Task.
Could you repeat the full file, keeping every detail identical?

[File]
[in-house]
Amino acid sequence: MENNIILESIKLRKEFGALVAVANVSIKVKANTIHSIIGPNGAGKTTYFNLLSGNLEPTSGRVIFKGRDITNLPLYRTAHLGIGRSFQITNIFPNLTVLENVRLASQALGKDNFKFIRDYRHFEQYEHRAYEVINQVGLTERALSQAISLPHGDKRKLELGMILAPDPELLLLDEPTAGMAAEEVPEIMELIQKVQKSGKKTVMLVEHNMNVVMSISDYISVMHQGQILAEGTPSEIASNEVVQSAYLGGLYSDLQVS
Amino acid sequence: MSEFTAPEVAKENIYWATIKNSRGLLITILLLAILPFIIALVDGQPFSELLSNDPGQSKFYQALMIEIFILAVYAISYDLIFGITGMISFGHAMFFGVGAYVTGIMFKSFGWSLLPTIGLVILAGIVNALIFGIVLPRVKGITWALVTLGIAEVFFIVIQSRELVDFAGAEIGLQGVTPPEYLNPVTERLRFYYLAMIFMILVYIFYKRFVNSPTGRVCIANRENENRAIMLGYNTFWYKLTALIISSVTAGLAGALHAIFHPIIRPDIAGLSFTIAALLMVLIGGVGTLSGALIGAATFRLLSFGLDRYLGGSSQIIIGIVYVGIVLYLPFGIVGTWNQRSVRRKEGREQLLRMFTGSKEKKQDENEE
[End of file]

[in-house]
Amino acid sequence: MENNIILESIKLRKEFGALVAVANVSIKVKANTIHSIIGPNGAGKTTYFNLLSGNLEPTSGRVIFKGRDITNLPLYRTAHLGIGRSFQITNIFPNLTVLENVRLASQALGKDNFKFIRDYRHFEQYEHRAYEVINQVGLTERALSQAISLPHGDKRKLELGMILAPDPELLLLDEPTAGMAAEEVPEIMELIQKVQKSGKKTVMLVEHNMNVVMSISDYISVMHQGQILAEGTPSEIASNEVVQSAYLGGLYSDLQVS
Amino acid sequence: MSEFTAPEVAKENIYWATIKNSRGLLITILLLAILPFIIALVDGQPFSELLSNDPGQSKFYQALMIEIFILAVYAISYDLIFGITGMISFGHAMFFGVGAYVTGIMFKSFGWSLLPTIGLVILAGIVNALIFGIVLPRVKGITWALVTLGIAEVFFIVIQSRELVDFAGAEIGLQGVTPPEYLNPVTERLRFYYLAMIFMILVYIFYKRFVNSPTGRVCIANRENENRAIMLGYNTFWYKLTALIISSVTAGLAGALHAIFHPIIRPDIAGLSFTIAALLMVLIGGVGTLSGALIGAATFRLLSFGLDRYLGGSSQIIIGIVYVGIVLYLPFGIVGTWNQRSVRRKEGREQLLRMFTGSKEKKQDENEE